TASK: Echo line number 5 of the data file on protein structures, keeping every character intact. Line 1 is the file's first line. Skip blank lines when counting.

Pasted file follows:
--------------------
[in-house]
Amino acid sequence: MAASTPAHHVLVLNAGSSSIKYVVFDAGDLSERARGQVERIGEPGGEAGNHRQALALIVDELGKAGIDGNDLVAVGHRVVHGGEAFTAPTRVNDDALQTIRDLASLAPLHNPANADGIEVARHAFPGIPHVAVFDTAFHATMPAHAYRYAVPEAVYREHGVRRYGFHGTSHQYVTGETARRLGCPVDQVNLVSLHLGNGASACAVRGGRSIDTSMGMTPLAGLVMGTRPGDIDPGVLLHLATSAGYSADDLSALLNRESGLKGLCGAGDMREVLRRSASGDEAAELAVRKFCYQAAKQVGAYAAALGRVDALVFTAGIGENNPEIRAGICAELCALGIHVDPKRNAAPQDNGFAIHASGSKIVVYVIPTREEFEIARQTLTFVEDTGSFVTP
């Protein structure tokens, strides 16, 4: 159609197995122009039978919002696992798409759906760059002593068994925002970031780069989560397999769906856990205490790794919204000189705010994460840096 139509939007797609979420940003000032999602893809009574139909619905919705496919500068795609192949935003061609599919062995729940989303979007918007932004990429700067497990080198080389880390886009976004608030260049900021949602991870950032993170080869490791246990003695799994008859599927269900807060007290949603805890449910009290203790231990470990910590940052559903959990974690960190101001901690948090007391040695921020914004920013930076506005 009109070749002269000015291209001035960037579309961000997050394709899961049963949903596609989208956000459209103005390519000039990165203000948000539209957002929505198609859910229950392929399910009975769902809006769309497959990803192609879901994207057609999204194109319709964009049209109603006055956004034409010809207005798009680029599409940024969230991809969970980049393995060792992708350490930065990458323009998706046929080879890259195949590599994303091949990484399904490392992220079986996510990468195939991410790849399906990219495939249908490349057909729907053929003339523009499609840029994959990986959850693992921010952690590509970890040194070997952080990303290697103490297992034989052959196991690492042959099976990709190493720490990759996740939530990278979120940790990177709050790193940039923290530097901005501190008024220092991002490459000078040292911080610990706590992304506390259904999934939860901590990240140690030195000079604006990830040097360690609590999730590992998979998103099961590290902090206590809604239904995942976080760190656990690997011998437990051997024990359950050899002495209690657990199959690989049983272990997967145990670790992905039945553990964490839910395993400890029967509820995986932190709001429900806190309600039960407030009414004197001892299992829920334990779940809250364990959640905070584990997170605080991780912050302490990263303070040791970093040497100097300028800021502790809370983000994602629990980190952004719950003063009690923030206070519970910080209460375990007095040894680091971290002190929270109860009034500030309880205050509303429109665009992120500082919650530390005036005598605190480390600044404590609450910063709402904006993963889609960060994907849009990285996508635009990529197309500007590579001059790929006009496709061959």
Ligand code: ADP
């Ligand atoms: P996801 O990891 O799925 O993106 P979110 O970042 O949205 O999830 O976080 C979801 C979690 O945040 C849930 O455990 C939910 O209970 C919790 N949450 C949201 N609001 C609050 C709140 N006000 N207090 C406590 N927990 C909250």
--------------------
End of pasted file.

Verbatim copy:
């Ligand atoms: P996801 O990891 O799925 O993106 P979110 O970042 O949205 O999830 O976080 C979801 C979690 O945040 C849930 O455990 C939910 O209970 C919790 N949450 C949201 N609001 C609050 C709140 N006000 N207090 C406590 N927990 C909250």